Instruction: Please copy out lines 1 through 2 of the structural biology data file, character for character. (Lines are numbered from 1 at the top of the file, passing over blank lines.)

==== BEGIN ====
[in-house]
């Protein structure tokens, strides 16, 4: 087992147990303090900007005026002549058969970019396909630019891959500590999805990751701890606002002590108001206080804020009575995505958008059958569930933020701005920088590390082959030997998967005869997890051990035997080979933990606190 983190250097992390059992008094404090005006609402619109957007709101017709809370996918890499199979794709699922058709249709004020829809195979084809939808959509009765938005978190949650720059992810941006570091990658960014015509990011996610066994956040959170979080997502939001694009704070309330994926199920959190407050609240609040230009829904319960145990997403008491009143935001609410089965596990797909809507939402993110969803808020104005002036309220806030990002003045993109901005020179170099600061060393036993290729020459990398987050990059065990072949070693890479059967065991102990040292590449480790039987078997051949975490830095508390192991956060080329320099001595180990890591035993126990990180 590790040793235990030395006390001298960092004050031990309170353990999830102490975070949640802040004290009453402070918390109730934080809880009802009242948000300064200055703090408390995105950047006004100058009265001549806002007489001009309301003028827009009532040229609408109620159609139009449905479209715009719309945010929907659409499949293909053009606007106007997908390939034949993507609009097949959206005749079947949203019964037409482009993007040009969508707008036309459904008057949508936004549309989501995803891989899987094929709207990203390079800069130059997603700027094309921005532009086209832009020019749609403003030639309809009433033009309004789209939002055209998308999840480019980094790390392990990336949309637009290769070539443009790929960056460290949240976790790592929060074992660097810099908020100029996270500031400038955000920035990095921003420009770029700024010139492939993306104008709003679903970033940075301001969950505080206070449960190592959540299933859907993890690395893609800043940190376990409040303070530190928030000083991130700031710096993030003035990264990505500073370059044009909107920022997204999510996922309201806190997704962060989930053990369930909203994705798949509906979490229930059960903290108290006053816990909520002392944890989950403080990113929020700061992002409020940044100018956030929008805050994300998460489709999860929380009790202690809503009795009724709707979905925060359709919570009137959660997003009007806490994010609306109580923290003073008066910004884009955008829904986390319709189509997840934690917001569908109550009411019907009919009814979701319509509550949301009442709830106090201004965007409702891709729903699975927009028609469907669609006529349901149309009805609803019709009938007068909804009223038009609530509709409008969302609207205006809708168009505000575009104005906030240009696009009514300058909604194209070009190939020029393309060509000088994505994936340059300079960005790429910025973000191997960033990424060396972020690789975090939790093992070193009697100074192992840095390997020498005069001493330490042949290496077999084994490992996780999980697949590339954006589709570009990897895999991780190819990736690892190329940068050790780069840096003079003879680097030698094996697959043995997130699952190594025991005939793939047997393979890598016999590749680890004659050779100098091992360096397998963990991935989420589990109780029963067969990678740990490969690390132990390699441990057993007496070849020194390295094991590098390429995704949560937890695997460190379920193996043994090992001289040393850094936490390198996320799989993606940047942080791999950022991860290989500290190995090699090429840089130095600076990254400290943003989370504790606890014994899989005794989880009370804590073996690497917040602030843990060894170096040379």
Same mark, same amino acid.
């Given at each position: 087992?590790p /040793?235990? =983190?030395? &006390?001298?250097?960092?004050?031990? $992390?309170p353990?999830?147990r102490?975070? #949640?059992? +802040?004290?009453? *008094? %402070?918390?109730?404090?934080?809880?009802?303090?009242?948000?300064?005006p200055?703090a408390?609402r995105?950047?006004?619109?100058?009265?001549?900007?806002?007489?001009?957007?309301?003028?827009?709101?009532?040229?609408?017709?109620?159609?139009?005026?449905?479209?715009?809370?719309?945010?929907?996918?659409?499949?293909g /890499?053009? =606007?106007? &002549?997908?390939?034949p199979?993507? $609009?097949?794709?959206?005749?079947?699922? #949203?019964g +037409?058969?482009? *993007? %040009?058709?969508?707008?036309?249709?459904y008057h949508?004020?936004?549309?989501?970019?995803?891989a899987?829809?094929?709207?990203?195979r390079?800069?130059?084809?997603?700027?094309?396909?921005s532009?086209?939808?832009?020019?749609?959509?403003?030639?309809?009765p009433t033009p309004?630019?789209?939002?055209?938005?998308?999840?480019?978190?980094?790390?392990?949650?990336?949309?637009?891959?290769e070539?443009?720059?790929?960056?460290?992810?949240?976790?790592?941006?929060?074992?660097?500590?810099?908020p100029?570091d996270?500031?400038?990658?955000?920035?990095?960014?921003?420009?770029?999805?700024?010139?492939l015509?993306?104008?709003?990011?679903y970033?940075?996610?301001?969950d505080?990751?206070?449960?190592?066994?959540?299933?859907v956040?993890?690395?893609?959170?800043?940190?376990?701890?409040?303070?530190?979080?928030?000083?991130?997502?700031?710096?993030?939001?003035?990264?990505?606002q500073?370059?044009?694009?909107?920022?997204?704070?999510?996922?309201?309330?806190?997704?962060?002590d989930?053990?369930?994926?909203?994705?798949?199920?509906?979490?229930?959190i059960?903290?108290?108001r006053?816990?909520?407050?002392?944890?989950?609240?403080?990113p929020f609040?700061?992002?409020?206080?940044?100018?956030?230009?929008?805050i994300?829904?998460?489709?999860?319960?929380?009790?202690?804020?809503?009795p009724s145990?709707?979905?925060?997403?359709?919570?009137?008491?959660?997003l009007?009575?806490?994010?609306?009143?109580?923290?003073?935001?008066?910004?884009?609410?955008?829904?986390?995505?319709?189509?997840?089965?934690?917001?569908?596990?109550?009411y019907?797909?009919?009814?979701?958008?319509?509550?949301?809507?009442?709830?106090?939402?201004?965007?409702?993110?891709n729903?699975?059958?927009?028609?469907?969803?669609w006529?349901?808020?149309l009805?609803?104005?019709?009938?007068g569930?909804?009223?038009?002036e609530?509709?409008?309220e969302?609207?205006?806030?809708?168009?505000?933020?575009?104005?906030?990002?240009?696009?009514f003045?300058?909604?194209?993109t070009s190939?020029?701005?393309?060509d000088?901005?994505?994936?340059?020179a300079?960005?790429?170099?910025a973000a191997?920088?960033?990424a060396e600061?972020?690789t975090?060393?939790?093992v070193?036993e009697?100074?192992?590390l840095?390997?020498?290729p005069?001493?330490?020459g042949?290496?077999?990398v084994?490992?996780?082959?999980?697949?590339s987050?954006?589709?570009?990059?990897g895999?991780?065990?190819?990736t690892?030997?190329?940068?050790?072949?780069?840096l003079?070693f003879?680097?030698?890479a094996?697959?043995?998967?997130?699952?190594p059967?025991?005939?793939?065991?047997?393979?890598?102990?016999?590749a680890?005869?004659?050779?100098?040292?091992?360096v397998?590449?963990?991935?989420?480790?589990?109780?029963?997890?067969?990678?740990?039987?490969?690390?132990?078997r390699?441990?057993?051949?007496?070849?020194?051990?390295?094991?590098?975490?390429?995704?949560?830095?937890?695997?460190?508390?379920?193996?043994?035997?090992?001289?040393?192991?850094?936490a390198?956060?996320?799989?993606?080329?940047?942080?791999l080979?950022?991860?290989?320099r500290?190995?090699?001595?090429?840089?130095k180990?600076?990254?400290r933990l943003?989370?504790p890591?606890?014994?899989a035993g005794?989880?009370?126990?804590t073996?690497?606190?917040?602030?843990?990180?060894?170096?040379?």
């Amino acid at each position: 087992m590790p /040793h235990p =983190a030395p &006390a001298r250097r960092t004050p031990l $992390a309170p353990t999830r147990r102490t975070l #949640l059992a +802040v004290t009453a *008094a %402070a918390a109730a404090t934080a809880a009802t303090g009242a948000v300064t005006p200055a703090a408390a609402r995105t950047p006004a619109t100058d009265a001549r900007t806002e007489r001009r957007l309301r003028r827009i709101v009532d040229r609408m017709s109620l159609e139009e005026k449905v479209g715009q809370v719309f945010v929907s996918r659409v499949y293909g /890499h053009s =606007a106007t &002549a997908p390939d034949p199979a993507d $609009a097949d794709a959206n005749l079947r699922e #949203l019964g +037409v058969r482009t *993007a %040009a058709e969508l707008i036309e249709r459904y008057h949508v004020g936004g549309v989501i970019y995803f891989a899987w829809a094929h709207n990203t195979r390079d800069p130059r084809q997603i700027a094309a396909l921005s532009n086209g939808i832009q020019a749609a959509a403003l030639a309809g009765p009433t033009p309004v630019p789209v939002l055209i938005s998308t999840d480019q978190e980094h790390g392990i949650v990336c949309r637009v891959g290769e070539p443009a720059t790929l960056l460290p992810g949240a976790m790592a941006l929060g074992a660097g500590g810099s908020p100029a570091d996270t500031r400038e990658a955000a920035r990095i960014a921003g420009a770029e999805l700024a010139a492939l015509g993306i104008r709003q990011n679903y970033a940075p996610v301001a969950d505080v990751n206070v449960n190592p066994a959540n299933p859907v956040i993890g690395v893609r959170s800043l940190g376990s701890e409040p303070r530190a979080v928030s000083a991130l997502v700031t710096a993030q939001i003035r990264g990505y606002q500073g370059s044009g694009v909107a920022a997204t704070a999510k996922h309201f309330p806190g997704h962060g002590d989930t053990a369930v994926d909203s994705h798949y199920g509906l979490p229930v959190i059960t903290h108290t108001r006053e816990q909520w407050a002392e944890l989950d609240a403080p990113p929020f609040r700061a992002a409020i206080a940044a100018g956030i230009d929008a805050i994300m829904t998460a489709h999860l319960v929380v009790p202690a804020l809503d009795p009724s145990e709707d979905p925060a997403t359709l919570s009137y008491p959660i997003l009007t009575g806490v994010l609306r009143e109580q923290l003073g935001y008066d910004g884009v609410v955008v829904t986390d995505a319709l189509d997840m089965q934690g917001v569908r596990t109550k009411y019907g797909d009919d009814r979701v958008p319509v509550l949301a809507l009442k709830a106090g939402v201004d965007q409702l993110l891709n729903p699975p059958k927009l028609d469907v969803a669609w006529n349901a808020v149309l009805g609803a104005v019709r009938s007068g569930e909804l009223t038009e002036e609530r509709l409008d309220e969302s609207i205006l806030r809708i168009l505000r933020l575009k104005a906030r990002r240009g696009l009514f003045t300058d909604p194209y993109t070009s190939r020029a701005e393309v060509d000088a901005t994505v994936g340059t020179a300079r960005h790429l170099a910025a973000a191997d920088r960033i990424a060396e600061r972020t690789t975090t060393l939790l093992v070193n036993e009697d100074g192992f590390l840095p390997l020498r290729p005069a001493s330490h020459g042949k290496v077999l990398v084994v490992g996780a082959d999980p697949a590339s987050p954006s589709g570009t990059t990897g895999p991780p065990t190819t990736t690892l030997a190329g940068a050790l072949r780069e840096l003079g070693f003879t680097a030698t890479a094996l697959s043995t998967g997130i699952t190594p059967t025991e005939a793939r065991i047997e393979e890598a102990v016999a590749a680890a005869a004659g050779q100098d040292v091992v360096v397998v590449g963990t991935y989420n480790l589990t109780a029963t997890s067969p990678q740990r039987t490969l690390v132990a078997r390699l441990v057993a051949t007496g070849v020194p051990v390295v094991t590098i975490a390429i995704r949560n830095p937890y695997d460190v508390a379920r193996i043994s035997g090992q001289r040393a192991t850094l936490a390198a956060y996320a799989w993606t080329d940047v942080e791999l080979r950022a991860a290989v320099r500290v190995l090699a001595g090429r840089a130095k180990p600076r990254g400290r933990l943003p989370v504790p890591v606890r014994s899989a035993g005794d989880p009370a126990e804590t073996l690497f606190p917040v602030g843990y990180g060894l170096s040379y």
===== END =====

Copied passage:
[in-house]
């Protein structure tokens, strides 16, 4: 087992147990303090900007005026002549058969970019396909630019891959500590999805990751701890606002002590108001206080804020009575995505958008059958569930933020701005920088590390082959030997998967005869997890051990035997080979933990606190 983190250097992390059992008094404090005006609402619109957007709101017709809370996918890499199979794709699922058709249709004020829809195979084809939808959509009765938005978190949650720059992810941006570091990658960014015509990011996610066994956040959170979080997502939001694009704070309330994926199920959190407050609240609040230009829904319960145990997403008491009143935001609410089965596990797909809507939402993110969803808020104005002036309220806030990002003045993109901005020179170099600061060393036993290729020459990398987050990059065990072949070693890479059967065991102990040292590449480790039987078997051949975490830095508390192991956060080329320099001595180990890591035993126990990180 590790040793235990030395006390001298960092004050031990309170353990999830102490975070949640802040004290009453402070918390109730934080809880009802009242948000300064200055703090408390995105950047006004100058009265001549806002007489001009309301003028827009009532040229609408109620159609139009449905479209715009719309945010929907659409499949293909053009606007106007997908390939034949993507609009097949959206005749079947949203019964037409482009993007040009969508707008036309459904008057949508936004549309989501995803891989899987094929709207990203390079800069130059997603700027094309921005532009086209832009020019749609403003030639309809009433033009309004789209939002055209998308999840480019980094790390392990990336949309637009290769070539443009790929960056460290949240976790790592929060074992660097810099908020100029996270500031400038955000920035990095921003420009770029700024010139492939993306104008709003679903970033940075301001969950505080206070449960190592959540299933859907993890690395893609800043940190376990409040303070530190928030000083991130700031710096993030003035990264990505500073370059044009909107920022997204999510996922309201806190997704962060989930053990369930909203994705798949509906979490229930059960903290108290006053816990909520002392944890989950403080990113929020700061992002409020940044100018956030929008805050994300998460489709999860929380009790202690809503009795009724709707979905925060359709919570009137959660997003009007806490994010609306109580923290003073008066910004884009955008829904986390319709189509997840934690917001569908109550009411019907009919009814979701319509509550949301009442709830106090201004965007409702891709729903699975927009028609469907669609006529349901149309009805609803019709009938007068909804009223038009609530509709409008969302609207205006809708168009505000575009104005906030240009696009009514300058909604194209070009190939020029393309060509000088994505994936340059300079960005790429910025973000191997960033990424060396972020690789975090939790093992070193009697100074192992840095390997020498005069001493330490042949290496077999084994490992996780999980697949590339954006589709570009990897895999991780190819990736690892190329940068050790780069840096003079003879680097030698094996697959043995997130699952190594025991005939793939047997393979890598016999590749680890004659050779100098091992360096397998963990991935989420589990109780029963067969990678740990490969690390132990390699441990057993007496070849020194390295094991590098390429995704949560937890695997460190379920193996043994090992001289040393850094936490390198996320799989993606940047942080791999950022991860290989500290190995090699090429840089130095600076990254400290943003989370504790606890014994899989005794989880009370804590073996690497917040602030843990060894170096040379």